Assignment 2 – TCP Reverse Shell
This blog post has been created for completing the requirements of the SecurityTube Linux Assembly Expert certification:
Student ID: SLAE-1112
This is the second from seven assignments in order to complete the SLAE (32bit) certification.
The objective of this assignment is to create a TCP Reverse Shell shellcode with the following requirements:
- Reverse connects to a configured IP and Port
- Execs a shell on successful connection
- The IP Address and Port number should be easily configurable (via wrapper)
In order to create the Reverse Shell shellcode can divided in four parts:
- Creat the Socket
- Connect to the remote host
- Redirect stdin, stdout and stderr to the Socket via dup2
- Call Execve to run /bin/sh
This post will be shorter than the last one since most of the code was reused from Assignment 1.
Create the Socket
Just like last Assignment, let’s start by creating a socket using sys_socketcall:
Connect to the remote host
This is the only different part from Assignment 1. This time we need the connect() function call in order to connect to the remote host.
Just like in the previous sys_socketcall we set al to 0x66. Then we take advantage of the fact that ebx is 0x1 and increment it to use it as AF_INET (2).
The connect() function call requires 3 arguments, a socket file descriptor, a structure called sockaddr and an address length.
The Sockaddr structure is composed by sin_family (Address family), sin_port (Port number) and a structure called sin_addr (Address).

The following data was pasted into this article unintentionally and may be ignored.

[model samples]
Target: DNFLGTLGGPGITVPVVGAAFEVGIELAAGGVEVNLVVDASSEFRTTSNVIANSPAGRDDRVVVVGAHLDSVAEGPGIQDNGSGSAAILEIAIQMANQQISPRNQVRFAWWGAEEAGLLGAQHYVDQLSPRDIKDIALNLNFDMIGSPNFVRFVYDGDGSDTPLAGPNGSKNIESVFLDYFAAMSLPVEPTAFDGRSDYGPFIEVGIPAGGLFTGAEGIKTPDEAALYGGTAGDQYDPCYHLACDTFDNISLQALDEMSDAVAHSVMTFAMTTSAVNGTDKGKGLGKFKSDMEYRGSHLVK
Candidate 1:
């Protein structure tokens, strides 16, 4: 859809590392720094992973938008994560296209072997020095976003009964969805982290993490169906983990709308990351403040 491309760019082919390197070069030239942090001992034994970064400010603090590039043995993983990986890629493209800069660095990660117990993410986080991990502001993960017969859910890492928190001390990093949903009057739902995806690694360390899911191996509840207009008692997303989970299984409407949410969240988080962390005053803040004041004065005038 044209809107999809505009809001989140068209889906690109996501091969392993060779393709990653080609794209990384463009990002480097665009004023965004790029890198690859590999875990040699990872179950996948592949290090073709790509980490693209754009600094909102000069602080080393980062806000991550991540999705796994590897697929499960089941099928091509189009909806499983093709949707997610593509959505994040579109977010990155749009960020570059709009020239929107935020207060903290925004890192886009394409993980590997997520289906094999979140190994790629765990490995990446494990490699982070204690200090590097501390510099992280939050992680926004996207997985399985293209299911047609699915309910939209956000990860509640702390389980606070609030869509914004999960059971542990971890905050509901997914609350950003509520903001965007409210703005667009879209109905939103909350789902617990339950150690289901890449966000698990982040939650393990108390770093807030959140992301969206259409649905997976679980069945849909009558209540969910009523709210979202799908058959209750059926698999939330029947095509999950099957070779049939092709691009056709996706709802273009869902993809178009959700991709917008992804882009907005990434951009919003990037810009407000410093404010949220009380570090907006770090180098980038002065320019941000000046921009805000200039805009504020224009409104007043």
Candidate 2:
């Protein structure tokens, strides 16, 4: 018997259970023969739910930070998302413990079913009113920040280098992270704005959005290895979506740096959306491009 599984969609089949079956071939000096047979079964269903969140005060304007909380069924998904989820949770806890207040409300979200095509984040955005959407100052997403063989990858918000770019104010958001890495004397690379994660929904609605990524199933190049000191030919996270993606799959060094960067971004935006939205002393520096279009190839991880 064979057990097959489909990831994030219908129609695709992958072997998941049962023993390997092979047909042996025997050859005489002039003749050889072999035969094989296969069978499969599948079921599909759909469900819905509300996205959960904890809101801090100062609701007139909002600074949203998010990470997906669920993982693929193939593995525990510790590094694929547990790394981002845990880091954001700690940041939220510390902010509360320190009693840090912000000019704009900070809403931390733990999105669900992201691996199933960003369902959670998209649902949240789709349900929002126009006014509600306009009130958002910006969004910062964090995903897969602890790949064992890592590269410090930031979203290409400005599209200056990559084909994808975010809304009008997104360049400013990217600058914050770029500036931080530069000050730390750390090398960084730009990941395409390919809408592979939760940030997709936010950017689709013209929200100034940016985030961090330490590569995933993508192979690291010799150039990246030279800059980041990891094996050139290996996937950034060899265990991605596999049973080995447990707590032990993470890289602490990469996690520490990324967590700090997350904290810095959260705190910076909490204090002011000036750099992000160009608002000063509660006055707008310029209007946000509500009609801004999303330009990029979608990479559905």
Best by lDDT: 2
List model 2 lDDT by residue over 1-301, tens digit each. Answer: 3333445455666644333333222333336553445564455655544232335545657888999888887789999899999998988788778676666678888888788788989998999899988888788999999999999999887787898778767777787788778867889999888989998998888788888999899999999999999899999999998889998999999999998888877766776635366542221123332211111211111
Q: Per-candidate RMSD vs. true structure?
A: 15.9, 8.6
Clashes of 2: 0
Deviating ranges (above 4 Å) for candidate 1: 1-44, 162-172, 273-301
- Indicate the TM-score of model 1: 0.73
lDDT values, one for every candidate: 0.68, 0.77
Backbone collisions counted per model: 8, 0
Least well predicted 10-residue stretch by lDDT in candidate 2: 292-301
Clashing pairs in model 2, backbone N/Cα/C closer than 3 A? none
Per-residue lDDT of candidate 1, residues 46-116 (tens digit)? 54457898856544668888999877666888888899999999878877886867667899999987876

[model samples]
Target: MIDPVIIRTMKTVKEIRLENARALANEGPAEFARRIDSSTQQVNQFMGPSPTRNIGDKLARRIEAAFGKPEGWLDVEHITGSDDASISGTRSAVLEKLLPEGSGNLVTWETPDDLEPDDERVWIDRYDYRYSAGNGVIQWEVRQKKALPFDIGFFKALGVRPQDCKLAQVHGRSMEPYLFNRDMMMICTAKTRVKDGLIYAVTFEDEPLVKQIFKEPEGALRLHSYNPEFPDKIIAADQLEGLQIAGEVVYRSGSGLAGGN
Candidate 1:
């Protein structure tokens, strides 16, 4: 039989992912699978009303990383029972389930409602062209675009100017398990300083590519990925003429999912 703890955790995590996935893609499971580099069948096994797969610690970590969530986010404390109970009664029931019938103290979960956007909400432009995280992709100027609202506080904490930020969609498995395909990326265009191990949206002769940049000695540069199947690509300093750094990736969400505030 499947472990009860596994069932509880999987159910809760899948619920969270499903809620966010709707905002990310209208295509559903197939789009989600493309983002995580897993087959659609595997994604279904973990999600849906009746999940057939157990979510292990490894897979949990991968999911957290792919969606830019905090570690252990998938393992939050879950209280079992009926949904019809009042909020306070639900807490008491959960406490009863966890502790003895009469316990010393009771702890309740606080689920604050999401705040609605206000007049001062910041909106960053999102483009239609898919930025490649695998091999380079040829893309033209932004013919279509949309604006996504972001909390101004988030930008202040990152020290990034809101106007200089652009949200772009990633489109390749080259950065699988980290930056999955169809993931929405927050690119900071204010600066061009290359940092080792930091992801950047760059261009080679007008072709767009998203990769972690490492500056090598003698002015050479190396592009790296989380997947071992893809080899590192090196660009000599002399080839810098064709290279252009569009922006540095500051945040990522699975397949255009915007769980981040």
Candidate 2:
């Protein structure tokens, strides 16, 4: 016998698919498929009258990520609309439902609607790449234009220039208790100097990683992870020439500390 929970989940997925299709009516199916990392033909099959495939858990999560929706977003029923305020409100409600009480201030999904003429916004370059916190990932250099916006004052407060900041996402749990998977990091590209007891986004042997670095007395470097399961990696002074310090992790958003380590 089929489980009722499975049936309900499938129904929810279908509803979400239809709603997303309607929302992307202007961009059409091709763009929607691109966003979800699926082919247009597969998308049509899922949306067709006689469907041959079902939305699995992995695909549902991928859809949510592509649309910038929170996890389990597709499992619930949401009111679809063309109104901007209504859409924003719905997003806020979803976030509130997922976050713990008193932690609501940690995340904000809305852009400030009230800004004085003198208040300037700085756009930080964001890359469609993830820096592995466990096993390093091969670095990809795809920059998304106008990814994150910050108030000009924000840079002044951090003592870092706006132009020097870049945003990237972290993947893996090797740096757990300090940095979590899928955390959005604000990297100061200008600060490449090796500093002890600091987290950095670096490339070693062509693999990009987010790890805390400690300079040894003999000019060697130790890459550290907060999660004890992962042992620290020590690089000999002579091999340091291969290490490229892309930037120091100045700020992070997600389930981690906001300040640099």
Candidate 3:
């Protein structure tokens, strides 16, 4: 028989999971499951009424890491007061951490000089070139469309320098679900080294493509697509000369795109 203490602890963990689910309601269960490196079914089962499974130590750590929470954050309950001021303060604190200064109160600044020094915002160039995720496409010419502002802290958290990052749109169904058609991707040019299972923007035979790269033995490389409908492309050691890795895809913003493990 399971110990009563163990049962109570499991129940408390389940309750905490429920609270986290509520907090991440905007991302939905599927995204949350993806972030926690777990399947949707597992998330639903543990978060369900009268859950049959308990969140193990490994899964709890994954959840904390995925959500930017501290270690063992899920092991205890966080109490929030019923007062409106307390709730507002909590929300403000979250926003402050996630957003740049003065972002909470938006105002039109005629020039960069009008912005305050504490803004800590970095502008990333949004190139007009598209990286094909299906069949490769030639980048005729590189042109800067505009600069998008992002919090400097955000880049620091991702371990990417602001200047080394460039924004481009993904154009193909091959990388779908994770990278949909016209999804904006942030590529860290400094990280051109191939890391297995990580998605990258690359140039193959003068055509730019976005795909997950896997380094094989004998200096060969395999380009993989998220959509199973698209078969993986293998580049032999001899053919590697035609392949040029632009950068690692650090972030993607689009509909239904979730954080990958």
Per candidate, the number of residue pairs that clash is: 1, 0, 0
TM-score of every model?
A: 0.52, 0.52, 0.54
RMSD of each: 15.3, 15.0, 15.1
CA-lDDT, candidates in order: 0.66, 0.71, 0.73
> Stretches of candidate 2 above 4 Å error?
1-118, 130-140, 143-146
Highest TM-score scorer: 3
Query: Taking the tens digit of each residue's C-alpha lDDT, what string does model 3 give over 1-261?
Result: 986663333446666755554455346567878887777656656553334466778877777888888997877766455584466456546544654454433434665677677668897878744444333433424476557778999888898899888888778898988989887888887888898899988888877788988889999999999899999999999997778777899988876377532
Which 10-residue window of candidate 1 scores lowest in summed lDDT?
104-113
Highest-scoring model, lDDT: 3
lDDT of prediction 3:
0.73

In order to create the Sockaddr structure we need to push into the stack the remote IP Address, the Port Number and the Adress family (ebx = AF_INET).
Then we save this structure to ecx and push into the stack the Connect() arguments.
Finally we increment ebx again, making its value 3 (SYS_CONNECT). At this point we have everything ready to perform the syscall:
Redirect stdin, stdout and stderr to the Socket via dup2
Just like in the Bind Shell Assignment, we need to redirect the file descriptors stdin (0), stdout (1) and stderr (2) to the socket file descriptor using sys_dup2 syscall:
Call Execve to run /bin/sh
Finally, we use SYS_EXECVE to execute /bin/sh:
After assembling and linking and executing our binary we get a reverse shell on our nc listener on port 4444.
The last objective to accomplish is to make the IP Address and Port number easily configurable. The approach is the same used in Assignment 1: Using objdump to identify the IP Address bytes (marked in red) and the Port number bytes (marked in green).
The Python wrapper receives the IP and Port as arguments, converts them to the shellcode format and outputs the new shellcode.
Just like the last one, the script takes into consideration that it might generate a shellcode containing nulls and in that case it just exits.
The full code can be found in my SLAE Github repository.